In the US 8% of prisons are operated by for-profit corporations. That number is quickly rising and with it a host of ethical concerns. GEO Group is the second largest contractor in the US and has an increasing international presence. In this paper I evaluate the practices of GEO Group through the philosophical perspective of utilitarianism, which seeks to increase total happiness and reduce suffering. Is the company helping the US government be more efficient or is it profiting off the incarcerated?
Check out the related video and read the attached paper to learn more.
Paper, repasted by Jordi:
GEO Group: Questioning the Utility of For-Profit Prisons
Utilitarianism is a theory of normative ethics holding that the proper course of action is the one that maximizes utility; which is to increase total benefit and reduce suffering (Driver). In this paper I will be applying the utilitarian lens of ethics to GEO Group which is the second largest operator of privatized prisons in the US and a company that has an increasing presence abroad. The main parties impacted are the general population and the inmates in prison. Prisons have three primary functions which are to protect society from the most violent offenders, fairly punish and rehabilitate other inmates, and do so in an effective way in order to reduce government spending and lessen the burden on taxpayers.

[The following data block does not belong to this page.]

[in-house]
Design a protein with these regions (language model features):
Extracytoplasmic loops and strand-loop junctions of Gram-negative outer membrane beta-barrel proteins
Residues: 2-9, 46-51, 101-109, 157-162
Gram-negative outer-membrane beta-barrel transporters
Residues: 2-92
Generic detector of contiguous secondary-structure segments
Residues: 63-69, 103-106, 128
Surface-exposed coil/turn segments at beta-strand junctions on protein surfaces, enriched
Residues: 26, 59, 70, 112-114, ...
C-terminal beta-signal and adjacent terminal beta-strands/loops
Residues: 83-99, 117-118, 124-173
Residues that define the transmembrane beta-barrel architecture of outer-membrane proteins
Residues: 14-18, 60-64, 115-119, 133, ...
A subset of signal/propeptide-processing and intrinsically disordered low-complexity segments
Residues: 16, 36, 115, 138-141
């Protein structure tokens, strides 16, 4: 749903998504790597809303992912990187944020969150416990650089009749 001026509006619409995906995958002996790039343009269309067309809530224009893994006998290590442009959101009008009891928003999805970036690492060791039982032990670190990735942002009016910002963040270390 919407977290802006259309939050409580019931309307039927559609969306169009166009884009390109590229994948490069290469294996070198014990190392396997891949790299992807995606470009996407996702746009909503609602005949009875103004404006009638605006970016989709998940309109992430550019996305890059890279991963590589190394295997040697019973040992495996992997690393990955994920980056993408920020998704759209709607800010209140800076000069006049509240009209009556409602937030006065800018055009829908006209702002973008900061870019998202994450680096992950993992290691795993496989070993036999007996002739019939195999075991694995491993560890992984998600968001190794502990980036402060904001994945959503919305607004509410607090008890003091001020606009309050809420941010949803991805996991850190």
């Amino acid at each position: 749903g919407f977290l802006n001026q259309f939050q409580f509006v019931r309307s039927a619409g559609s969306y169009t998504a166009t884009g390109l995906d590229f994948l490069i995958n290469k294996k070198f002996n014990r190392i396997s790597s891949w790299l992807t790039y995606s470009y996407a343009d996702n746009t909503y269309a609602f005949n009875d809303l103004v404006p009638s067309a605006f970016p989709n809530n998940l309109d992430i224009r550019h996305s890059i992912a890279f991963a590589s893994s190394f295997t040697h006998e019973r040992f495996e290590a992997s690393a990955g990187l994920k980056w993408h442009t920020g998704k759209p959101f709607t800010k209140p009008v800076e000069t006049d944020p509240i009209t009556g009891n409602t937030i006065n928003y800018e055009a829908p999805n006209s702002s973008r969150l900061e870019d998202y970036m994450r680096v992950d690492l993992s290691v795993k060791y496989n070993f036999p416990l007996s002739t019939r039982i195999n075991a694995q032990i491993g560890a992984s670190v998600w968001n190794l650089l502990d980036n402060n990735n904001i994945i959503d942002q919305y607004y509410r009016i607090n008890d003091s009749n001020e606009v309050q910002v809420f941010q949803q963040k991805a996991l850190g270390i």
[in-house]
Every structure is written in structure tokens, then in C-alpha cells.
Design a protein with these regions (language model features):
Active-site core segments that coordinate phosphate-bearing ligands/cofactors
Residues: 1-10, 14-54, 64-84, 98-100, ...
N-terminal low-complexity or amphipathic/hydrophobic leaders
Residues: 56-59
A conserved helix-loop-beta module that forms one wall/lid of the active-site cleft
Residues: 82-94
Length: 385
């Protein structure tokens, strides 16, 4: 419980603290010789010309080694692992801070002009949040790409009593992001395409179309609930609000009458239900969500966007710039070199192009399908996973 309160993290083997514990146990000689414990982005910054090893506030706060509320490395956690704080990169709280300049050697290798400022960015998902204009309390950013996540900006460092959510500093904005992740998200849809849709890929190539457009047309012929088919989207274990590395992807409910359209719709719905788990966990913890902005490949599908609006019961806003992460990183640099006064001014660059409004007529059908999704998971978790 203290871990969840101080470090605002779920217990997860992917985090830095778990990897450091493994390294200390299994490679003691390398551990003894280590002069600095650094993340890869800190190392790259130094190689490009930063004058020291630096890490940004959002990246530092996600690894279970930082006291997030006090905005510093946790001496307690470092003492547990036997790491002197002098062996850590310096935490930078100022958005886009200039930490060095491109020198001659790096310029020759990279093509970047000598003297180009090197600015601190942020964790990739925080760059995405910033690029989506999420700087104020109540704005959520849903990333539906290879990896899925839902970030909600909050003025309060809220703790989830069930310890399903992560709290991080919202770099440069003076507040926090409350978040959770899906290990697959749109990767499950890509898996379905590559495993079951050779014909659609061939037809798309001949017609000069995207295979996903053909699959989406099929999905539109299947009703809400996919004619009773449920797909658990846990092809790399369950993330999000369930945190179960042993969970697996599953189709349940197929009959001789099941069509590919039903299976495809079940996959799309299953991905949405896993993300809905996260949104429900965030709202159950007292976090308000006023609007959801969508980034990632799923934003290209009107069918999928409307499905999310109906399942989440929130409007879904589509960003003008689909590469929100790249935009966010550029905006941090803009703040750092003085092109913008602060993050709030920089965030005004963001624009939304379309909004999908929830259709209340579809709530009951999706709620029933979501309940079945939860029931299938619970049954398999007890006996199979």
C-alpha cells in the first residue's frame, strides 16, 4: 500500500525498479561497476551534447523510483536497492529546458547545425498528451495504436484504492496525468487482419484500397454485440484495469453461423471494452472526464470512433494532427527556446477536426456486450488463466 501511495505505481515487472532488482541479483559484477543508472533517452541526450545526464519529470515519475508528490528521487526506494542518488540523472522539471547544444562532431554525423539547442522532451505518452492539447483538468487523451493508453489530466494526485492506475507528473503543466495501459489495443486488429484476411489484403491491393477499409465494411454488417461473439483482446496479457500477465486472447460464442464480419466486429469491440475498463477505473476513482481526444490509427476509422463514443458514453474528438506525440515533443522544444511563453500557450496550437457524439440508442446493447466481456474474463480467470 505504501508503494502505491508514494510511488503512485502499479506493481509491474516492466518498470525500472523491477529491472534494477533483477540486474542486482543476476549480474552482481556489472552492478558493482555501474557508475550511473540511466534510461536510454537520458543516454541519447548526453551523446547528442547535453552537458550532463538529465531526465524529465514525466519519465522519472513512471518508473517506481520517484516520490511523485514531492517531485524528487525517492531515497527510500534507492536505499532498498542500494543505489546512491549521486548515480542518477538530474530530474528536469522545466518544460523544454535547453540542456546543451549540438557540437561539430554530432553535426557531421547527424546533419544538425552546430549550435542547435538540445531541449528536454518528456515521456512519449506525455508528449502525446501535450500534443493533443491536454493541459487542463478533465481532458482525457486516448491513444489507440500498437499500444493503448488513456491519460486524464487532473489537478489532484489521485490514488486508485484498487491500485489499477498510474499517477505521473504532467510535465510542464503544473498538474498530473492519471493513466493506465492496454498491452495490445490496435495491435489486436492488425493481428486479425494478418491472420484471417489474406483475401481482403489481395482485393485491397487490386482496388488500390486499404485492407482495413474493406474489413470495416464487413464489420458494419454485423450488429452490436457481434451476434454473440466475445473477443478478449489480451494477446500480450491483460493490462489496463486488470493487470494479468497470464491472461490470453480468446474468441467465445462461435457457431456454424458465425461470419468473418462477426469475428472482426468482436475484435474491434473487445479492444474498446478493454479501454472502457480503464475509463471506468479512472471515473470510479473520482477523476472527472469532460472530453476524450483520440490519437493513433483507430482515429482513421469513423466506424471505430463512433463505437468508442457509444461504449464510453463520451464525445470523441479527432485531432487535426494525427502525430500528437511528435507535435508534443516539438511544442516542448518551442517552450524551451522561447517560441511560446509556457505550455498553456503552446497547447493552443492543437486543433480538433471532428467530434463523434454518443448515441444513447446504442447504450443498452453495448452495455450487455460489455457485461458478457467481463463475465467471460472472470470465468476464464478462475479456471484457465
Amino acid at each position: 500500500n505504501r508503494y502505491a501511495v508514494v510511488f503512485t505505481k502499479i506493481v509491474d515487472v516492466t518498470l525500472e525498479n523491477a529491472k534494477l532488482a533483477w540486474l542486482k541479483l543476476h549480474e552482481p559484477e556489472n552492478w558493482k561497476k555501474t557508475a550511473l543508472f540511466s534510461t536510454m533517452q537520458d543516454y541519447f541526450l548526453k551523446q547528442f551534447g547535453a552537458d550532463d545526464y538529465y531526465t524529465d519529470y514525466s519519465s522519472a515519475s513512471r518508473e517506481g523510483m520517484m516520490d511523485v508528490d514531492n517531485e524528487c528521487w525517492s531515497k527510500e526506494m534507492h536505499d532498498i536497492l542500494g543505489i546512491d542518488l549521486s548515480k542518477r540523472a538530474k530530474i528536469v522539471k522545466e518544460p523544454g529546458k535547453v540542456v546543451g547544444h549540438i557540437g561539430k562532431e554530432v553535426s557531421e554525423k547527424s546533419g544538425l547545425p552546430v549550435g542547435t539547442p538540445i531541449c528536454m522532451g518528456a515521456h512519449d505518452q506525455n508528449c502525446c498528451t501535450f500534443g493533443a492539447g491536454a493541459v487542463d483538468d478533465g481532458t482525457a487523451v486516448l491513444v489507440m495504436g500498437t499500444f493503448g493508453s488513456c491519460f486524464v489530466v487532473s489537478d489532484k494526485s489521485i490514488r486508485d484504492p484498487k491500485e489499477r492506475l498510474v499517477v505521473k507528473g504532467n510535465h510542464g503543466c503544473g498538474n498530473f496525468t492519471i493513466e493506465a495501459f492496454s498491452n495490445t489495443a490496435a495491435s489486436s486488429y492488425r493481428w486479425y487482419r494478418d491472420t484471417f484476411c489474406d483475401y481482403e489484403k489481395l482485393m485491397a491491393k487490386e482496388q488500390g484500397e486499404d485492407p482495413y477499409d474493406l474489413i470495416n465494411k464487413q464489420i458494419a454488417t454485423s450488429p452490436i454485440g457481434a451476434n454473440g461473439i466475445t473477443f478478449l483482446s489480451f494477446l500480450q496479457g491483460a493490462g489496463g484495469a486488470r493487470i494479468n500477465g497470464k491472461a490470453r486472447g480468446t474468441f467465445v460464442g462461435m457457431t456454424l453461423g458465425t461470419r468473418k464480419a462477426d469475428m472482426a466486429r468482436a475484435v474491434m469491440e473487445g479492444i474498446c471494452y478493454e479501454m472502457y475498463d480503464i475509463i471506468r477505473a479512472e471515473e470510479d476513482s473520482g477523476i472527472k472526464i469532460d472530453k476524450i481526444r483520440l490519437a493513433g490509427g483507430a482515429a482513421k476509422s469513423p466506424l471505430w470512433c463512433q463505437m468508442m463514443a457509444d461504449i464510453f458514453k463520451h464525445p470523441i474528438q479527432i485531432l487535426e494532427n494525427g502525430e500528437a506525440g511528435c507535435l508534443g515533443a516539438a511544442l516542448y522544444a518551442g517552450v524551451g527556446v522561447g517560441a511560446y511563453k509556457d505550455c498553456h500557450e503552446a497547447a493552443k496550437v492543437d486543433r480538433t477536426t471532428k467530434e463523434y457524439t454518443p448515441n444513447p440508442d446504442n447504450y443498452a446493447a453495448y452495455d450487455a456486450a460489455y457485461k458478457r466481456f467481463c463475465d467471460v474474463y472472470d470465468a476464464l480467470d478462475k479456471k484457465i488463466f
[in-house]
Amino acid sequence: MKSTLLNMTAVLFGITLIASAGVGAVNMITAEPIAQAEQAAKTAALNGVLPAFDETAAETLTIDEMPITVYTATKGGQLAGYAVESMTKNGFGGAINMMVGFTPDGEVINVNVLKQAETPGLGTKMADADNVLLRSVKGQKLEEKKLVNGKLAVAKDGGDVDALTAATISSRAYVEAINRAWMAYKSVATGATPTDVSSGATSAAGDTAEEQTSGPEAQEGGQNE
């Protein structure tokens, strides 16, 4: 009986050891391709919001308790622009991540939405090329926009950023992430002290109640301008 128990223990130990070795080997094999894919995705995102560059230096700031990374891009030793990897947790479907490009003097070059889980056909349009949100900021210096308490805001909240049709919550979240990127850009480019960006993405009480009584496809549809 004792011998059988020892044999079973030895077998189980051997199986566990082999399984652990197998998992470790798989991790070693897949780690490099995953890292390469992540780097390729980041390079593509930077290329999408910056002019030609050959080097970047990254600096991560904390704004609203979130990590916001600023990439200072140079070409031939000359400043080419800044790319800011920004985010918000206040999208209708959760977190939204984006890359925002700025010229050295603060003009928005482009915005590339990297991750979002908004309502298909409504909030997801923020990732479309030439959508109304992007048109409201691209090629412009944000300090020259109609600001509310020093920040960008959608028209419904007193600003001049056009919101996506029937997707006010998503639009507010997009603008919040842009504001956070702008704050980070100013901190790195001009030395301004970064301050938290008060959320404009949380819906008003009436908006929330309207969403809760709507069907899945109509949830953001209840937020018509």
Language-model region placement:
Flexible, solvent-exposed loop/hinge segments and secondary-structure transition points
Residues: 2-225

The primary question I seek is answer is: Do the practices of GEO Group maximize happiness and reduce suffering? I will take into account both the impact on civilians and the incarcerated. Proponents of privatization argue that market based competition provides benefits to the government and taxpayers because it rewards efficiency and innovative practices. By cutting out bureaucracy private firms provide better service at a lower rate. They argue that allegations of poor conditions, inmate abuse and poor oversight are rare and are often overstated. Critics on the other hand argue that the for-profit business model of prisons encourages operators to minimize expenses in inmate services and staffing which impair safety and undermine prisoners’ human rights. However, before I delve into ethical issues and apply consequentialist reasoning to GEO Group it is important to first understand the company.